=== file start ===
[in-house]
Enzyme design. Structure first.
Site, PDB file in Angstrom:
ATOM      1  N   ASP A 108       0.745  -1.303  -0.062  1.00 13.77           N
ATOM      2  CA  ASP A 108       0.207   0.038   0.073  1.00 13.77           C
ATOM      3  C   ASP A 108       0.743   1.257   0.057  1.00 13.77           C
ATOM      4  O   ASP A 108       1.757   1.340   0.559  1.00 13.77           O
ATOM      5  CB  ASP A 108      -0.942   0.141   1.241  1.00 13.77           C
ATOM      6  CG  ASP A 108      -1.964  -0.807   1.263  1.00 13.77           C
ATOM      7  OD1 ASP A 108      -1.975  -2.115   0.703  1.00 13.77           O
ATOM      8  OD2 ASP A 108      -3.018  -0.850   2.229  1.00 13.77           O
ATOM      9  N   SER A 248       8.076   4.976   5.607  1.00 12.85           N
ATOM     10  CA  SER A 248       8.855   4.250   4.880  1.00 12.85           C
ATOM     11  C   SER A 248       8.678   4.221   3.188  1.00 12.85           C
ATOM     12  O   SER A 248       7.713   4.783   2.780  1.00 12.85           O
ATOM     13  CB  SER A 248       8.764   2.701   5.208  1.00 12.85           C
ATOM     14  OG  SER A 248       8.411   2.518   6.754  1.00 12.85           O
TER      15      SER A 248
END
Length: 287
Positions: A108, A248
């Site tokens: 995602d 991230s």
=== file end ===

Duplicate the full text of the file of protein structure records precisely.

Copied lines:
[in-house]
Enzyme design. Structure first.
Site, PDB file in Angstrom:
ATOM      1  N   ASP A 108       0.745  -1.303  -0.062  1.00 13.77           N
ATOM      2  CA  ASP A 108       0.207   0.038   0.073  1.00 13.77           C
ATOM      3  C   ASP A 108       0.743   1.257   0.057  1.00 13.77           C
ATOM      4  O   ASP A 108       1.757   1.340   0.559  1.00 13.77           O
ATOM      5  CB  ASP A 108      -0.942   0.141   1.241  1.00 13.77           C
ATOM      6  CG  ASP A 108      -1.964  -0.807   1.263  1.00 13.77           C
ATOM      7  OD1 ASP A 108      -1.975  -2.115   0.703  1.00 13.77           O
ATOM      8  OD2 ASP A 108      -3.018  -0.850   2.229  1.00 13.77           O
ATOM      9  N   SER A 248       8.076   4.976   5.607  1.00 12.85           N
ATOM     10  CA  SER A 248       8.855   4.250   4.880  1.00 12.85           C
ATOM     11  C   SER A 248       8.678   4.221   3.188  1.00 12.85           C
ATOM     12  O   SER A 248       7.713   4.783   2.780  1.00 12.85           O
ATOM     13  CB  SER A 248       8.764   2.701   5.208  1.00 12.85           C
ATOM     14  OG  SER A 248       8.411   2.518   6.754  1.00 12.85           O
TER      15      SER A 248
END
Length: 287
Positions: A108, A248
């Site tokens: 995602d 991230s």